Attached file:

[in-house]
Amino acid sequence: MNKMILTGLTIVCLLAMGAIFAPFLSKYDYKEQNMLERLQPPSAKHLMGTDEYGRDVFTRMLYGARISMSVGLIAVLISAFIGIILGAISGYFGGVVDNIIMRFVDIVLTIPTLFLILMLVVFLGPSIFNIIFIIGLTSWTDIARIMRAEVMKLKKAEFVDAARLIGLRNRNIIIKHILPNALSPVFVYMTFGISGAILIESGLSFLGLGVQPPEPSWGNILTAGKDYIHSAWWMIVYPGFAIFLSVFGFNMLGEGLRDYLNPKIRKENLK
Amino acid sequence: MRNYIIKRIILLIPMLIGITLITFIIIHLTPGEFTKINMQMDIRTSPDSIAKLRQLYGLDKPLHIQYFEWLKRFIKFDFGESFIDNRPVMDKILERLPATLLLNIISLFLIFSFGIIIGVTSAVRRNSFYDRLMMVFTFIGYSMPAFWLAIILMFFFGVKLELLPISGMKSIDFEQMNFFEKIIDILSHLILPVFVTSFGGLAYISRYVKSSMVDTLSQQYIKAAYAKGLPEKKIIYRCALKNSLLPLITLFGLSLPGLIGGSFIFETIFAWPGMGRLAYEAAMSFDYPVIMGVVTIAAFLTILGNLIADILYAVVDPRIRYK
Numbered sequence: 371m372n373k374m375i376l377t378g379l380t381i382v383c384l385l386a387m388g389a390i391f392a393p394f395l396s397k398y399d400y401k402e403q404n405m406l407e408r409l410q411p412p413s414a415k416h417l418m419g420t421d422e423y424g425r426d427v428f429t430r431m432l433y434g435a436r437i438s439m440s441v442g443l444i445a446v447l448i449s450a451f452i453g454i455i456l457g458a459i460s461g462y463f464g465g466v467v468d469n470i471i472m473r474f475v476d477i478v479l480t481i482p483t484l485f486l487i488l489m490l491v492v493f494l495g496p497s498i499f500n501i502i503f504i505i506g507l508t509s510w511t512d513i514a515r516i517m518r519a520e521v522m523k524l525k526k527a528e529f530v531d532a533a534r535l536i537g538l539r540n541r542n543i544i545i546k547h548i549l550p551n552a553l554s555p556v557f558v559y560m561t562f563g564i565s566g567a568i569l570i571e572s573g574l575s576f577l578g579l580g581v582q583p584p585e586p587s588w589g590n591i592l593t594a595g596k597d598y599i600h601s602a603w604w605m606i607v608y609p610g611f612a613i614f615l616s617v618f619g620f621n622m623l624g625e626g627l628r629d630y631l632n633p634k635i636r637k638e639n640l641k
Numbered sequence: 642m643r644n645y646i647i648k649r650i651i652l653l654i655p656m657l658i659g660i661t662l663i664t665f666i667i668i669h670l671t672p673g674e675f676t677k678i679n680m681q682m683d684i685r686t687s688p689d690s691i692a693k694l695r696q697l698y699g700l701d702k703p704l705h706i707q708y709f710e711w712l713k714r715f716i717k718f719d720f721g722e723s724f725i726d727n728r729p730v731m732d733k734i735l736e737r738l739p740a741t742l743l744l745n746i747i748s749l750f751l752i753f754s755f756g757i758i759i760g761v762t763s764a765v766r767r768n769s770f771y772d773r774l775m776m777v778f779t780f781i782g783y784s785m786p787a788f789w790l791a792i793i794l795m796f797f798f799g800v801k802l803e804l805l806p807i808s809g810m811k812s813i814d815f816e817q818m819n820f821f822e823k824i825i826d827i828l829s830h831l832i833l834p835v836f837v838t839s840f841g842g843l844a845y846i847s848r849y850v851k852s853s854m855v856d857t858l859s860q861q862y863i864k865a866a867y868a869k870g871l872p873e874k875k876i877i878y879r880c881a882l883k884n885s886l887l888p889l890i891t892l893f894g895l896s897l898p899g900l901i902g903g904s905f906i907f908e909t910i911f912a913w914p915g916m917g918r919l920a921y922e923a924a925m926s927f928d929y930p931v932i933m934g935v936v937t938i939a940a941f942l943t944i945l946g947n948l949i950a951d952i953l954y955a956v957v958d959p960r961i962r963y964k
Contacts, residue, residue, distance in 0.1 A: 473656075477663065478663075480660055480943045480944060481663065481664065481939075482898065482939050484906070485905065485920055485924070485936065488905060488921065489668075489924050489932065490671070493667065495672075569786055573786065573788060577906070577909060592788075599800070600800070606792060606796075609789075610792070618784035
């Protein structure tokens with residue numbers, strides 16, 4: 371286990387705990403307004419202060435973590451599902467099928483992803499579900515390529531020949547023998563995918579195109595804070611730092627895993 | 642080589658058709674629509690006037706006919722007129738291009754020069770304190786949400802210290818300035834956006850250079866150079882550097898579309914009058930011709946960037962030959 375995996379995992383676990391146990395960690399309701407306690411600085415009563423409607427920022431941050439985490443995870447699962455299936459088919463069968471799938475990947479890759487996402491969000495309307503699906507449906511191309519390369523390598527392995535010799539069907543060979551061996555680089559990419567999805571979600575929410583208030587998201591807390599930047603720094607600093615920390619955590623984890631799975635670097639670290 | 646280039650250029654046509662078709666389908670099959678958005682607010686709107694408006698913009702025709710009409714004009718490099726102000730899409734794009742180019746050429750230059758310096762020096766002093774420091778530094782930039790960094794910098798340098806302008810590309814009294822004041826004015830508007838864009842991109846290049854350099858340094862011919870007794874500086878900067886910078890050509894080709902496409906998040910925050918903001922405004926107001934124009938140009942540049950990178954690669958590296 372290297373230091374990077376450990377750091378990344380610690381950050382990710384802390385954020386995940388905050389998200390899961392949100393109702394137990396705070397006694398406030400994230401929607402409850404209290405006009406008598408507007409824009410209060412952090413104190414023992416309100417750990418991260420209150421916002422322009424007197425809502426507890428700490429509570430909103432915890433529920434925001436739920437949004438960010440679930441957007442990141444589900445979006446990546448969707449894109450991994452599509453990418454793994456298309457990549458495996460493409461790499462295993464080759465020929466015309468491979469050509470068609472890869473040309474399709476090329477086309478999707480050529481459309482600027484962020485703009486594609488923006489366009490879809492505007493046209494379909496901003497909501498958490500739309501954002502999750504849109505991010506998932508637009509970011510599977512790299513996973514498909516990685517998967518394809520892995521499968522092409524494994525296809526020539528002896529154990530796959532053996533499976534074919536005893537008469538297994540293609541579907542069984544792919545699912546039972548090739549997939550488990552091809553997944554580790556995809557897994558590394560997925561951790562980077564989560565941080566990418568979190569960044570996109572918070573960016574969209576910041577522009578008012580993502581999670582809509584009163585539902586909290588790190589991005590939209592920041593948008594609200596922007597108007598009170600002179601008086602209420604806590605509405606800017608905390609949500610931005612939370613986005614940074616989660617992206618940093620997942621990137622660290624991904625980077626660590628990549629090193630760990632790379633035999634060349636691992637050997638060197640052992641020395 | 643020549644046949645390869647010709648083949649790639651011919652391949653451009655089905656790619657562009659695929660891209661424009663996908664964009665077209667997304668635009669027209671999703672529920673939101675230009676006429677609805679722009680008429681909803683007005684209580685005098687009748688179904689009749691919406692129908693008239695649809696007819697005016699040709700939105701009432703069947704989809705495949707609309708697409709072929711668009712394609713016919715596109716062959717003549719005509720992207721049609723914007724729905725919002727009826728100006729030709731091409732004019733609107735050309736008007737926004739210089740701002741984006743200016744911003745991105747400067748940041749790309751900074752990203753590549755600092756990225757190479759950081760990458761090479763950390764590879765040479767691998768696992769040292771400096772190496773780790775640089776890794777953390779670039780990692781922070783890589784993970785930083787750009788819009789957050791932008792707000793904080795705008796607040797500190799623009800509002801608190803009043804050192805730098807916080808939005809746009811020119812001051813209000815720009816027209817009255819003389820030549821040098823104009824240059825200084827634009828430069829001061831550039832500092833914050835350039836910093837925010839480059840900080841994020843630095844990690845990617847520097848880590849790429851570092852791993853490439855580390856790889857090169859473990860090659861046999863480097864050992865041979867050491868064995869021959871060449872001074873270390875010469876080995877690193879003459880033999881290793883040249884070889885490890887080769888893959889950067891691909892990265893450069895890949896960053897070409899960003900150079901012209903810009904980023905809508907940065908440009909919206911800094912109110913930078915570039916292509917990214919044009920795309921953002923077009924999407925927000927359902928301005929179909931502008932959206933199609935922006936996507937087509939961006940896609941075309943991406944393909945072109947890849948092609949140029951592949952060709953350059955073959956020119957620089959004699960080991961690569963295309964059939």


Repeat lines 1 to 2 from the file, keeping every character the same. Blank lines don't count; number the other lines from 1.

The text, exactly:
[in-house]
Amino acid sequence: MNKMILTGLTIVCLLAMGAIFAPFLSKYDYKEQNMLERLQPPSAKHLMGTDEYGRDVFTRMLYGARISMSVGLIAVLISAFIGIILGAISGYFGGVVDNIIMRFVDIVLTIPTLFLILMLVVFLGPSIFNIIFIIGLTSWTDIARIMRAEVMKLKKAEFVDAARLIGLRNRNIIIKHILPNALSPVFVYMTFGISGAILIESGLSFLGLGVQPPEPSWGNILTAGKDYIHSAWWMIVYPGFAIFLSVFGFNMLGEGLRDYLNPKIRKENLK